In the northern end of the island, there is considerable fraternization. We have a twenty-five man working party up there. A few days ago several of the men were relieved. Two of the "gook" girls broke down and cried when their "bed companions" left. As for myself, I haven't been tempted to "go native" yet.
Tonight's movie was "The Cheaters" with Joseph Schildkraut. Now here I am.
Goodnight Darling, I'll see you in my dreams.
Misdated--Thanksgiving was on Thursday 22, November 1945Thursday, 21 November 1945, 9:45 PM
Today is Thanksgiving and though we are apart I feel we have plenty to be thankful for. I took a run down to the ship. Every time I go down there and see the wreckage and rubble, I marvel at the few casualties we suffered. Anyway, in another nine or ten days I should have my orders and be on my way.
Of all the officers on the ship, only two were regular Navy men. Though we all wrote the bureau for orders, those two are the only ones who have received orders so far. Maybe it's a coincidence but it looks to me like another case of favoritism. For me it doesn't matter, but as for the others, it is a little hard to take.
Tonight we had a turkey dinner with all the trimmings. For dessert pie and ice cream. Before chow the captain of this camp invited us all to the bar for drinks on him. Candy, chocolate and cigarettes were passed around after dinner. It was an excellent meal and reminded me of happier days on the Ocelot and at home.
After chow we hopped into a jeep and drove down to the movies. The picture was "The Great John L" a story about John L Sullivan, the pugilist. Now we are back in our tent and getting ready to turn in.
Next week is your birthday. This time I really got caught short. I remember how on different occasions I'd put off getting you something until the last minute and how provoked you'd get at me. Well Sweet, I do hope that his time you'll forgive me if you don't receive anything from me on your birthday. It just couldn't be helped. Tell you what though: you know that coat you've been hoping for. Well, when you get my claim check you can claim it as all yours. The check should be a fair start for the coat you want.
No more for now Darling, so I'll say goodnight. Pleasant dreams my love.
Wreckage and rubble
Wreckage and rubble
Misdated--written either Tuesday 20 November or Wednesday 21 November
Hello Sweet, here I am again. Today has been very uneventful except that I hit the jackpot in the mail. I received five letters from you and one from my mother.
I'm glad you got a nice watch for your birthday. I do hope that the watch or the defective part can be replaced. I can tell that you really like it and know you would be disappointed if it couldn't be duplicated.
If Sol is returning to Okinawa and due back in the states on December 21, his ship may be in when I'm due to leave. It would be quite a coincidence if I got to return home on his ship. Wouldn't it? I'll see what I can find out.
This time everyone is wrong about getting back for release. I've presented my request and my orders will be ready on the first. The policy on this island is to send men back sixteen days prior to discharge, so I'm sure to be on my way in about ten days.
I hope the check I sent you didn't get lost. It was for $410 and could be replaced, but it would be a nuisance.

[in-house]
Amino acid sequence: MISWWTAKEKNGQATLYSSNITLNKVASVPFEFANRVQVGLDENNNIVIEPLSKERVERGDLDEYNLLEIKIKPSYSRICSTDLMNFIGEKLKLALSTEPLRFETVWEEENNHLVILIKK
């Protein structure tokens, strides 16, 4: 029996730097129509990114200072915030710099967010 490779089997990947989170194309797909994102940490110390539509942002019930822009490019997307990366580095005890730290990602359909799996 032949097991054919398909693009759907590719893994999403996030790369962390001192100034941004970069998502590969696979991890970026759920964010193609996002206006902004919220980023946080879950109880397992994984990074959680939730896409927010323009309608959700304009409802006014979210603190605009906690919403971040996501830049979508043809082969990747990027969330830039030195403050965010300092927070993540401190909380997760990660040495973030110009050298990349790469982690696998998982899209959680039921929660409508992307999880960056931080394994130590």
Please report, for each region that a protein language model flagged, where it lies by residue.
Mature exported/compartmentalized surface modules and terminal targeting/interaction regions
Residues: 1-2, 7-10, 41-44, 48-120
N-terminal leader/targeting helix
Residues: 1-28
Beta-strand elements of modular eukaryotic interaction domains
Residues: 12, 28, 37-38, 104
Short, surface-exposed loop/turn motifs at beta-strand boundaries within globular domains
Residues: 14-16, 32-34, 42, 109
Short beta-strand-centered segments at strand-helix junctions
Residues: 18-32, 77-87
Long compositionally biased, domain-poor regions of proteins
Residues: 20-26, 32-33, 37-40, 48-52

Tonight's movie was a feature and three shorts. The feature, "Mystery in the Caribbean," was fairly interesting.
We got hold of a couple of "gook" (native) girls. They are making white felt kimonos for Leslie and me. Of course it is all very good handwork. However who am I to judge?
I sent home a package with some souvenirs and the picture album. Hope it gets home by the time I get back.
That is all for now Darling. Goodnight and pleasant dreams.
Misdated--written on Monday 19 November or Tuesday 20th November
Tuesday, 19 November 1945, 8:30 PM
This morning a jeep was available so Leslie and I ran down to the ship. Nothing in particular to do, but we did kill the morning. Covered with dust, we got back at noon. However after a good hot shower and change of clothes I felt fresh and clean again.
I spent this afternoon just reading magazines and lounging around. Had a few beers before dinner and after chow, we went to the movies. "Dangerous Partners" and a Nazi spy story. Not too good. Now here I am.
In eleven more days I'll pick up my orders and get underway for home. Once I get my orders, I hope there won't be any delay getting off Okinawa. Most everyone gets transportation within a day or two.
That is the dope for now. Nothing more to write about. Goodnight Darling and pleasant dreams.
Sunday, 18 November 1945, 10:40 PM
Twelve more days to go. That is twelve more unless I get orders in the meantime. This morning three of us got into a jeep and headed north. We left at 8:30 and got back at 2:30. We had to get special passes to make this trip as the place we went into is off limits to military personnel. The country is very scenic and the natives are very friendly. We even ran into a few that talked a kind of "pigeon" English. We crossed to the west side of the island. In one of the many bays we got a good look at the China Sea with several sunken Jap ships. At noon we stopped and ate the "C" and "K" rations we brought along.
When we got back I was hot, tired, and dirty from the dusty road, so I took a shower and read until chow time. I'm reading Jessel's "To Help Me" and find it quite interesting and amusing.
After chow we went to the movies and saw "Bring on the Girls." When I saw it on the ship, I said it was the best musical I've seen out here. I still think so.
When I got back to my tent I found your two letters dated the 9th and 10th. I hope you know what you're doing about an office. Kalichman's space is okay, but because of the necessary alterations the building won't rent without a lease. Then again I don't have any equipment. You asked about supply houses. I dealt mostly with S.S. White, but also there are some independent houses that I did business with. I intend to follow through with the independents before I finally decide on equipment.
Vice-Admiral Denfield (head of the Bureau of Personnel and in charge of demobilization) will probably receive numerous letters about members of the Ocelot crew. Even if it doesn't help me, the others deserve a break. Anyway a little investigation as to how things are run out here wouldn't hurt him.
That is thirty for tonight. Goodnight Darling, can you wait another month more for me?